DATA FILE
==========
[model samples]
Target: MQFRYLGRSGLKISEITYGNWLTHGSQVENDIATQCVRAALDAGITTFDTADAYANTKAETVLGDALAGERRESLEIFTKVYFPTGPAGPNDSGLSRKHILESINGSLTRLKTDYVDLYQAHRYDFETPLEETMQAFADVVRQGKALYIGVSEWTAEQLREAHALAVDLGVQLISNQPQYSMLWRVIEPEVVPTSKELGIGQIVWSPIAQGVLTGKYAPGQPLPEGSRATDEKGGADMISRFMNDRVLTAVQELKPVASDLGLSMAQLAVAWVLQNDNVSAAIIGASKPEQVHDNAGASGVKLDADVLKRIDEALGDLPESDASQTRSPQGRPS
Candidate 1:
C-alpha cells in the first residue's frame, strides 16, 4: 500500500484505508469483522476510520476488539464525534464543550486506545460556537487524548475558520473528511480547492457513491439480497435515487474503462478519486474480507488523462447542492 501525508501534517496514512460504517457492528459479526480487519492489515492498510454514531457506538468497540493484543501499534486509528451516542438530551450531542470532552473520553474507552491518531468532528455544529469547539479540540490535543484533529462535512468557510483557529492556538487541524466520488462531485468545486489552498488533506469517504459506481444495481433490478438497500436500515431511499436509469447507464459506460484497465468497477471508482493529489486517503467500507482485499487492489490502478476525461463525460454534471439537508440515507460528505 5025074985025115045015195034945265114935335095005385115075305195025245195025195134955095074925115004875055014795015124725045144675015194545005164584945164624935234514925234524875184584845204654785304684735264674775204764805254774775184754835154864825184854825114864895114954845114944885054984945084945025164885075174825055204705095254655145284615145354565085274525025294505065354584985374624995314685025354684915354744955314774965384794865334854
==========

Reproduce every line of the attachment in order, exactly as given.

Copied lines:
[model samples]
Target: MQFRYLGRSGLKISEITYGNWLTHGSQVENDIATQCVRAALDAGITTFDTADAYANTKAETVLGDALAGERRESLEIFTKVYFPTGPAGPNDSGLSRKHILESINGSLTRLKTDYVDLYQAHRYDFETPLEETMQAFADVVRQGKALYIGVSEWTAEQLREAHALAVDLGVQLISNQPQYSMLWRVIEPEVVPTSKELGIGQIVWSPIAQGVLTGKYAPGQPLPEGSRATDEKGGADMISRFMNDRVLTAVQELKPVASDLGLSMAQLAVAWVLQNDNVSAAIIGASKPEQVHDNAGASGVKLDADVLKRIDEALGDLPESDASQTRSPQGRPS
Candidate 1:
C-alpha cells in the first residue's frame, strides 16, 4: 500500500484505508469483522476510520476488539464525534464543550486506545460556537487524548475558520473528511480547492457513491439480497435515487474503462478519486474480507488523462447542492 501525508501534517496514512460504517457492528459479526480487519492489515492498510454514531457506538468497540493484543501499534486509528451516542438530551450531542470532552473520553474507552491518531468532528455544529469547539479540540490535543484533529462535512468557510483557529492556538487541524466520488462531485468545486489552498488533506469517504459506481444495481433490478438497500436500515431511499436509469447507464459506460484497465468497477471508482493529489486517503467500507482485499487492489490502478476525461463525460454534471439537508440515507460528505 5025074985025115045015195034945265114935335095005385115075305195025245195025195134955095074925115004875055014795015124725045144675015194545005164584945164624935234514925234524875184584845204654785304684735264674775204764805254774775184754835154864825184854825114864895114954845114944885054984945084945025164885075174825055204705095254655145284615145354565085274525025294505065354584985374624995314685025354684915354744955314774965384794865334854